To bring this back to a positive note, and what I think is the biggest triumph of the comic, I must talk about the pacing. This book caught me by surprise. I already mentioned the scene of Primal and Rhinox practice fighting for three pages. That, in this comic, feels like an eternity.  Otherwise, this is not the sort of comic where every line of a conversation gets its own panel. This is a comic where huge events can play out in a single page. As a reader who admittedly hasn’t been reading comics in quite some time, this felt like a dense book. At one point, the Maximals have received their mission, taken their positions, discussed what they’re going to do next, and the next thing we see is a nearly full page dramatic shot of the whole crew ready to do their thing. There is something about the pacing of the scene, and the framing of that particular page. From the experience I do have with 21st century Transformers comics, everything in my being told me the characters were getting ready for the next issue and I’d reached the cliffhanger ending of this one.
Then I realized I was only halfway through. I immediately forgave how long that practice fight took. This issue’s pacing was more impressive than I thought.
The Art
And then there is the art. My initial feelings were entirely positive, so let’s start there. I liked the characters’ Cybertronian forms, which is good because that is how they spend the majority of the issue. Color is used brilliantly. This comic likes to have things both ways, such as the Tripredacus Council having their 1997 toy color schemes, while spooky lighting is used to match their cartoon appearance. Now I finally know which one is which! Some of the Earthbound main characters also take advantage of their 1996 toy colors. Tarantulas has his silver head, and Terrorsaur has all sorts of purple that never appeared in the show. I still have my own purple helmeted Terrorsaur, and something I’ve always wished for in a Beast Wars revival was for the 1996 toy colors to get another chance without the cartoon overshadowing them forever. I was initially delighted.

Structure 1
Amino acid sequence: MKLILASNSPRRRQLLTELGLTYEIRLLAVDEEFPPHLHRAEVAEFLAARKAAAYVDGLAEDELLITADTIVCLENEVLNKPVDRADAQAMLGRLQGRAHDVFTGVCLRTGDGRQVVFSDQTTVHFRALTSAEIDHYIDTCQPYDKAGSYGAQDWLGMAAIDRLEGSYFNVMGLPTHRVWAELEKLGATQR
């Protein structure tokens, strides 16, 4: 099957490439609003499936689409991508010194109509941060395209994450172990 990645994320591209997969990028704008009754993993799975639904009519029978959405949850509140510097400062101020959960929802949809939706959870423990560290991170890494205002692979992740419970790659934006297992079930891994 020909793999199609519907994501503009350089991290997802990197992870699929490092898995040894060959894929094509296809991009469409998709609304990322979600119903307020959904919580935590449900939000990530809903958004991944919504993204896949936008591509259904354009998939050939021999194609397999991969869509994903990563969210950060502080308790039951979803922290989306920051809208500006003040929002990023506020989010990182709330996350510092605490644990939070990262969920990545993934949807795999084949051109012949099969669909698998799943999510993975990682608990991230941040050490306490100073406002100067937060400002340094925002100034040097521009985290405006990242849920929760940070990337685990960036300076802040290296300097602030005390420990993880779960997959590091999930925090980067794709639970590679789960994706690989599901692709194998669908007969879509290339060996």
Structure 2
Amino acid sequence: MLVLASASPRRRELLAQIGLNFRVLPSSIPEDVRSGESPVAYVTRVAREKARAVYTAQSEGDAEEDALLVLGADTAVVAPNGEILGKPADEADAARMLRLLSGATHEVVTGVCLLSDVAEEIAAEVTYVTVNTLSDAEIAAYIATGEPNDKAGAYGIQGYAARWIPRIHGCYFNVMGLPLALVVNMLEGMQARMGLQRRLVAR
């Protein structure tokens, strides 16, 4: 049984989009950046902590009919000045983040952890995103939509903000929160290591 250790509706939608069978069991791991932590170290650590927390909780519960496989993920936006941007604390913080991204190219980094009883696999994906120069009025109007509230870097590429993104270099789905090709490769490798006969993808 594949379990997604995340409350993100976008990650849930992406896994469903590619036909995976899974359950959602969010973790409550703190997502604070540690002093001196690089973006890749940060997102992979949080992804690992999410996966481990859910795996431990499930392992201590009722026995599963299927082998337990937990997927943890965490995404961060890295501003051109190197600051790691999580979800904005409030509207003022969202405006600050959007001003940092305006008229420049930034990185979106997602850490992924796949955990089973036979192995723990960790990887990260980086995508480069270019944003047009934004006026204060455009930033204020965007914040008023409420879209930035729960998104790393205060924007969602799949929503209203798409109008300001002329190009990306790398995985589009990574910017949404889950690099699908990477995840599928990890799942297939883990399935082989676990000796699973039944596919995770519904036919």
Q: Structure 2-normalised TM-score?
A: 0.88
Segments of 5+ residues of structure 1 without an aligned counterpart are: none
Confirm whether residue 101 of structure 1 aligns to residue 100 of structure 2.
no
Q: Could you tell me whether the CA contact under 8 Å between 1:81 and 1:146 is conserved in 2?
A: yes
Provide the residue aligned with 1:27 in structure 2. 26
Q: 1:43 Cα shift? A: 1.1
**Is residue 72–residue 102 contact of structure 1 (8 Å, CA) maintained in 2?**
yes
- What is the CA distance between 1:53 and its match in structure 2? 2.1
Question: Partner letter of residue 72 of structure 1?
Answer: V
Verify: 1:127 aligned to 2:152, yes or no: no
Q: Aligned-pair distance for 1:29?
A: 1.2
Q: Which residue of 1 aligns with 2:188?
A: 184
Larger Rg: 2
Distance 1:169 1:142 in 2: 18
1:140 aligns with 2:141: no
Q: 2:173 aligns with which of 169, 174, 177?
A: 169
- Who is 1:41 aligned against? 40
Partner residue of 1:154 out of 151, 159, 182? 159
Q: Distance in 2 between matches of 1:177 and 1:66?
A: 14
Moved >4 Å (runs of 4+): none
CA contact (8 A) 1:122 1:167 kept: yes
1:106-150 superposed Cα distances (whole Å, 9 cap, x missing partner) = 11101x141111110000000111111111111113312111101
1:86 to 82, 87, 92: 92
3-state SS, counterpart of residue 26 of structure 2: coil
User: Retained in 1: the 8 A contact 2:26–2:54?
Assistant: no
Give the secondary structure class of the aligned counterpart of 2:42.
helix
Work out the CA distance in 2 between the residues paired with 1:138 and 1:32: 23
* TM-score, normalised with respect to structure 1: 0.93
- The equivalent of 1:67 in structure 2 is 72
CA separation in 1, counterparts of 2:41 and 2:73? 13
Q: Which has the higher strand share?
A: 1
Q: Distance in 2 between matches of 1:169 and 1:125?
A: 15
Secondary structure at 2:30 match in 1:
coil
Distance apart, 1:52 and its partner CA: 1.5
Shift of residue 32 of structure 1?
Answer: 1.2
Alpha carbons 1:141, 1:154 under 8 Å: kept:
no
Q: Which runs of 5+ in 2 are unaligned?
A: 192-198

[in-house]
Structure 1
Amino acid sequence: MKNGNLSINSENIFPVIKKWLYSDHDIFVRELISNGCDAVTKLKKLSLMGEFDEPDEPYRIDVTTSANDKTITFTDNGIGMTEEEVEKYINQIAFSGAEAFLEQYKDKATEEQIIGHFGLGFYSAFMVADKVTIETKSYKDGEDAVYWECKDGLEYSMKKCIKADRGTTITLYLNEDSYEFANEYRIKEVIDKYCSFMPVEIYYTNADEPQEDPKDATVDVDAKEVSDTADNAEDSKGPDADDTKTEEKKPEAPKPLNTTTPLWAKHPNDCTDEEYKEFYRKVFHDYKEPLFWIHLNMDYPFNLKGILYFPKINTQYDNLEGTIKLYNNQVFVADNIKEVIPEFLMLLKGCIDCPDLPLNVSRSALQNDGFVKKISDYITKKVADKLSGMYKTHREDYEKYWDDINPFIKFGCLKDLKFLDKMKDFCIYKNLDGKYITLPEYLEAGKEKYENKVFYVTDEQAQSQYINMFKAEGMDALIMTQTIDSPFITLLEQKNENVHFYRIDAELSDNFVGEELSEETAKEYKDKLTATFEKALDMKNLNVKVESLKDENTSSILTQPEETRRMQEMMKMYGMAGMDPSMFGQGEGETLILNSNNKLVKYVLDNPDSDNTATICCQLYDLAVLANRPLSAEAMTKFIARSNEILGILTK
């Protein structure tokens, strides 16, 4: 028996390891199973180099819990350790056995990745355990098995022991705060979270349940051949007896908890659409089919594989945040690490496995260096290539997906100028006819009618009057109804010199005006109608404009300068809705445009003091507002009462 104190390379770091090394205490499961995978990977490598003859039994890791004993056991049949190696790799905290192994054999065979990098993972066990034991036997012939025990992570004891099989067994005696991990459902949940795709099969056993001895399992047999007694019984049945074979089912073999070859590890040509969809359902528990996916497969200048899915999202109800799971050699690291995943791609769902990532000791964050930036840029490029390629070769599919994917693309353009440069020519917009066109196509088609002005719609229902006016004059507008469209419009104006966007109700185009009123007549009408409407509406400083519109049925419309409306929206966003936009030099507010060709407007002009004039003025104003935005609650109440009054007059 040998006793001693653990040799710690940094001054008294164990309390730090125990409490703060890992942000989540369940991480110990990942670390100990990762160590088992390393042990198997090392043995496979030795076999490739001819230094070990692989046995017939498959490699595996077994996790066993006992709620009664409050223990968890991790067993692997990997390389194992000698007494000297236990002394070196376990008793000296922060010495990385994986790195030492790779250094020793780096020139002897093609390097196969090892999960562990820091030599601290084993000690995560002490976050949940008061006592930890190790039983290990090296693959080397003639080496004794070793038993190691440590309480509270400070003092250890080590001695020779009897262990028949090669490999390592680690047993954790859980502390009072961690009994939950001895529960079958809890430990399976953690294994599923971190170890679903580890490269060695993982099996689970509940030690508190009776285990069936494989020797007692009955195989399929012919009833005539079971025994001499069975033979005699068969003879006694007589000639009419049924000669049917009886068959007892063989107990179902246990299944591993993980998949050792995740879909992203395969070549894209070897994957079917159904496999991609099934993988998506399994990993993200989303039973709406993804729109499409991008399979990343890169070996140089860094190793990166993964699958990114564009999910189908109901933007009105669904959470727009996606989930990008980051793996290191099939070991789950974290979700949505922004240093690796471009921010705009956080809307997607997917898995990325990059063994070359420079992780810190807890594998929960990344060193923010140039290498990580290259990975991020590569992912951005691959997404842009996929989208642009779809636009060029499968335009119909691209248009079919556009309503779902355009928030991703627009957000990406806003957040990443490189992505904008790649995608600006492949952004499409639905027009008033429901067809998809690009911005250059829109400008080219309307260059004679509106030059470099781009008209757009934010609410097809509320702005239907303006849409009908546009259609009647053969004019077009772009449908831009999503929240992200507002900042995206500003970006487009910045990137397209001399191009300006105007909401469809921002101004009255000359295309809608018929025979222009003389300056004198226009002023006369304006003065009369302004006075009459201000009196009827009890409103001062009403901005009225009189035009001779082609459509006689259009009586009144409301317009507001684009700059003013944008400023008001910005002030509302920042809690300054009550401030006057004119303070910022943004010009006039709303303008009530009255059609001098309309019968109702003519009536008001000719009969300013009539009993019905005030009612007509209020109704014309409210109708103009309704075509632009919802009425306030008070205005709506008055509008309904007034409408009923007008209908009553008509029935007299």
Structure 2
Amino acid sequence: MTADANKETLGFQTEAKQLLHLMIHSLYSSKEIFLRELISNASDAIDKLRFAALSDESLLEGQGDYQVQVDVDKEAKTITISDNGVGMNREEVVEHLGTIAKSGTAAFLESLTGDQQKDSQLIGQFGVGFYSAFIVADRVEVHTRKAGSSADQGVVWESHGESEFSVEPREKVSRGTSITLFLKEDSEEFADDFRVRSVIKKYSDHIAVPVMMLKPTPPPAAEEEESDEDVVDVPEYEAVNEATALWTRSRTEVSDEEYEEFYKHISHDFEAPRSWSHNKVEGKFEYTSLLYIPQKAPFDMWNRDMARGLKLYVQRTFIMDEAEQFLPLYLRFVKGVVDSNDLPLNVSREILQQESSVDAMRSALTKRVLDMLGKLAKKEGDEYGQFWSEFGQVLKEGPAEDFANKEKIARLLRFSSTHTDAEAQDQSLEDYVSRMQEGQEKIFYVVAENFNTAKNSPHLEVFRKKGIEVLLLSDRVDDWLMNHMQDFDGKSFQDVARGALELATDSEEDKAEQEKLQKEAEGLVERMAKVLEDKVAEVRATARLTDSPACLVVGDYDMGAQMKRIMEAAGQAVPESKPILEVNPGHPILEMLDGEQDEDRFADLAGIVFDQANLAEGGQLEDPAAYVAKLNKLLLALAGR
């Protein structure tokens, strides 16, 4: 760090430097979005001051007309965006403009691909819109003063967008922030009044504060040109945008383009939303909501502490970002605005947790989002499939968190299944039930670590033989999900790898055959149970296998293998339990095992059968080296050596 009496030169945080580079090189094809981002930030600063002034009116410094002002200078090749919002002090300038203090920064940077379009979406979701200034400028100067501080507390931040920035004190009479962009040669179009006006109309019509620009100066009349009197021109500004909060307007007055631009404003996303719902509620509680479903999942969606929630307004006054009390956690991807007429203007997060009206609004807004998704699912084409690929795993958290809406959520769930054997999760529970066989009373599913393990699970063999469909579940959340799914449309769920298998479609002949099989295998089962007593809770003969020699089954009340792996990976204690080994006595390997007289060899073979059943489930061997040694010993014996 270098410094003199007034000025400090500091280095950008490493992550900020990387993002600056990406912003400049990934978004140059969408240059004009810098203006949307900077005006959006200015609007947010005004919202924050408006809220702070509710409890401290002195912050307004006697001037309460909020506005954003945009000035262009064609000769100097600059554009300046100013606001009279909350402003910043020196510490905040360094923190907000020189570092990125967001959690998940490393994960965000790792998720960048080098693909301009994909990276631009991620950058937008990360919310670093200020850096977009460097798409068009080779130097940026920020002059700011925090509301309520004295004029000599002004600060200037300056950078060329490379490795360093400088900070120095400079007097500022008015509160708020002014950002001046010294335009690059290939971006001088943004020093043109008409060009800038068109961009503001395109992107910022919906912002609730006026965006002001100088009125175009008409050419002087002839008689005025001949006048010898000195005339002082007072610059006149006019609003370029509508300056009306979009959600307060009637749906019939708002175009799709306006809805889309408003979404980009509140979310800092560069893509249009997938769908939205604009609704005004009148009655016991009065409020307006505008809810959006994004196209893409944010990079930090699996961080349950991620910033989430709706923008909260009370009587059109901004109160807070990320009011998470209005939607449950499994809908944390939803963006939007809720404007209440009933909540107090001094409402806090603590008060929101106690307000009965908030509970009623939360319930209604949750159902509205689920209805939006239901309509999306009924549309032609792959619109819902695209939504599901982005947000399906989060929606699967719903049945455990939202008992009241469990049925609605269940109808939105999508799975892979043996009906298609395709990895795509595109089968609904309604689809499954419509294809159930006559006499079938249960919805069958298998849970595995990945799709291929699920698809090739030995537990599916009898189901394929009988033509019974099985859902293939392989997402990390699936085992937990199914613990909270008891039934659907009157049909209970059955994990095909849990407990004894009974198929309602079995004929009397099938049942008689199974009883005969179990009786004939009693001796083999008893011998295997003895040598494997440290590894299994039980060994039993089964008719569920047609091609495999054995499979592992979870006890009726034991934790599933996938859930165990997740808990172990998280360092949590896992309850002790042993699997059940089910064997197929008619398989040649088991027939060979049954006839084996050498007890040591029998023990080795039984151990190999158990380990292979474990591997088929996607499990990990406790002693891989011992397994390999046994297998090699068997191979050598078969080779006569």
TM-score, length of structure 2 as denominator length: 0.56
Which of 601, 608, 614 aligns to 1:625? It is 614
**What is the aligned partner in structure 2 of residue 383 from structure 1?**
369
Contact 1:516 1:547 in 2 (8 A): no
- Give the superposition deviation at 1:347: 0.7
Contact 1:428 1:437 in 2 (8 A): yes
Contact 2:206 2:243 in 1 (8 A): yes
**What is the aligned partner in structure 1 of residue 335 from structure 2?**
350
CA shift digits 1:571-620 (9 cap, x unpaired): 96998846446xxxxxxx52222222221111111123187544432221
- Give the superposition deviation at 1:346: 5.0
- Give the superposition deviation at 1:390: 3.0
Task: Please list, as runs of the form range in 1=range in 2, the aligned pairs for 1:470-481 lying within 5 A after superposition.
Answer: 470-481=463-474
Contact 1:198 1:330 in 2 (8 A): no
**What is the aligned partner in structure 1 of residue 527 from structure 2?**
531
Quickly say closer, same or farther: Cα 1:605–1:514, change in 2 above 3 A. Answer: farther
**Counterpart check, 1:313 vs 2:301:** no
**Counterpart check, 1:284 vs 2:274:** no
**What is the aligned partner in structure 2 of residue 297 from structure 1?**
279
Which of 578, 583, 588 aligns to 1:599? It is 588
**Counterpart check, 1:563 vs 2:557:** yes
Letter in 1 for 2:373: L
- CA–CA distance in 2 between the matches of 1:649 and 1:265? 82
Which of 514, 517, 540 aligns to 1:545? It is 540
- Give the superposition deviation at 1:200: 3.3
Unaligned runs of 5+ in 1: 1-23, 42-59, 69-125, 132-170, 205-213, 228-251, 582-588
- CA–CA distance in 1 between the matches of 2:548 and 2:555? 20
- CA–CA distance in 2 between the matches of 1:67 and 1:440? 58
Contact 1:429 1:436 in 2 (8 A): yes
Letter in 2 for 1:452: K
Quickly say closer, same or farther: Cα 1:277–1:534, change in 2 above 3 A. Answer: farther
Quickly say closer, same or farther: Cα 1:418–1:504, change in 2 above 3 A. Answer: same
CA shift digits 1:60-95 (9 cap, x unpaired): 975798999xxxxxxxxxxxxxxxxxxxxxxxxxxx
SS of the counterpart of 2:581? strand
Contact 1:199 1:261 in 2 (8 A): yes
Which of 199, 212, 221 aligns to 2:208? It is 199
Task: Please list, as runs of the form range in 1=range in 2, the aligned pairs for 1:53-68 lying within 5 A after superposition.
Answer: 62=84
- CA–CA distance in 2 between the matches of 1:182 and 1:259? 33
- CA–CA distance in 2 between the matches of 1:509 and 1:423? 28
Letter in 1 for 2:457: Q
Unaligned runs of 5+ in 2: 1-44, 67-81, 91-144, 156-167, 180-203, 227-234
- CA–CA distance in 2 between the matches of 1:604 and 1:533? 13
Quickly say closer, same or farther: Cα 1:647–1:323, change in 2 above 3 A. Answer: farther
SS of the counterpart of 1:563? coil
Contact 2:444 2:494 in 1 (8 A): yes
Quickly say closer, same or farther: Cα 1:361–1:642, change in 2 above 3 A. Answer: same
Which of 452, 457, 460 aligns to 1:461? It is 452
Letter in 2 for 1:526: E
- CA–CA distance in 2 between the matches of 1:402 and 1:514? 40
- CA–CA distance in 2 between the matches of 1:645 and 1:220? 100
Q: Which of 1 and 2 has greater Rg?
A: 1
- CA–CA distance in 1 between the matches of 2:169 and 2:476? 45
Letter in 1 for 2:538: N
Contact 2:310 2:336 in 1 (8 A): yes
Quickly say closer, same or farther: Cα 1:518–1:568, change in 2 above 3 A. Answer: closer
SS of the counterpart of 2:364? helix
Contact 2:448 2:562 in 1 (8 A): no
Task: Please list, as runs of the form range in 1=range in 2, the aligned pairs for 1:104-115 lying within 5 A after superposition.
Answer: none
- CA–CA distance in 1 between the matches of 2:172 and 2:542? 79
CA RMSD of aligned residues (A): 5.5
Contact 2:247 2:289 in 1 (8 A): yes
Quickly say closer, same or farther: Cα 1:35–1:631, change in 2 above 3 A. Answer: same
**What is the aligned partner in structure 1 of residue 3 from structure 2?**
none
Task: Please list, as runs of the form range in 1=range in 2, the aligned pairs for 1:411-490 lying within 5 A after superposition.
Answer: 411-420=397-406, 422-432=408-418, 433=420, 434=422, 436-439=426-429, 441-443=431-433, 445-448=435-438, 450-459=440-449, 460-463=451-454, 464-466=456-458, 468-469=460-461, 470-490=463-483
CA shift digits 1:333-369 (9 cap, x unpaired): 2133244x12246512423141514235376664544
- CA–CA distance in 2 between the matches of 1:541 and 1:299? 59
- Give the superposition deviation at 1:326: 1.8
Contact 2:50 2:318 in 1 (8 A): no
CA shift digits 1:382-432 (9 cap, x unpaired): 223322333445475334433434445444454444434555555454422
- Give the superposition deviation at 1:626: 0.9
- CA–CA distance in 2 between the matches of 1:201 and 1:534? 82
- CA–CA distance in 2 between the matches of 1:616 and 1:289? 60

I also got a kick out of the designs themselves. Longtime Beast Wars fans will recognize many of the characters as being based on their Fun Publications designs, though Optimus Primal appears to be based on the 10th Anniversary toy. This is not simply Beast Wars: The Show: The Comic. It draws from a variety of sources, and seems like it’s trying to be comprehensive.

Unfortunately, where it all goes wrong is the presentation of it. I do not like this art style. I feel bad about how much I dislike the art, because it’s not that there wasn’t enough care put into it. The ideas here are great. I love the thought put into the designs. I love the thought put into the colors. It’s not badly drawn. But I’m not sure it’s Beast Wars. I’ve seen this art style compared to Transformers Animated, and it does feel like a more appropriate fit for that, but Animated at least had curves.  I dare you to find a curve anywhere in this comic. Okay the planets are round. Speech bubbles are round. But the characters are made entirely of hard lines and sharp corners. Towards the end I convinced myself that maybe this was a clever stylistic choice, that once the characters scanned their beast modes they would trade the hard lines for some organic looking curves. It wasn’t to be. Their beast modes are just as angular as their Cybertronian robot forms. Their beast mode EYES are angular.
Overall, I liked it well enough that I’ll be reading the next issue. I would like to see the art style develop into something more distinctly Beast Wars. Show us some curves, please. If not, I think I can overlook it on the sheer strength of the writing. If nothing else, it is the best Beast Wars comic I’ve ever read.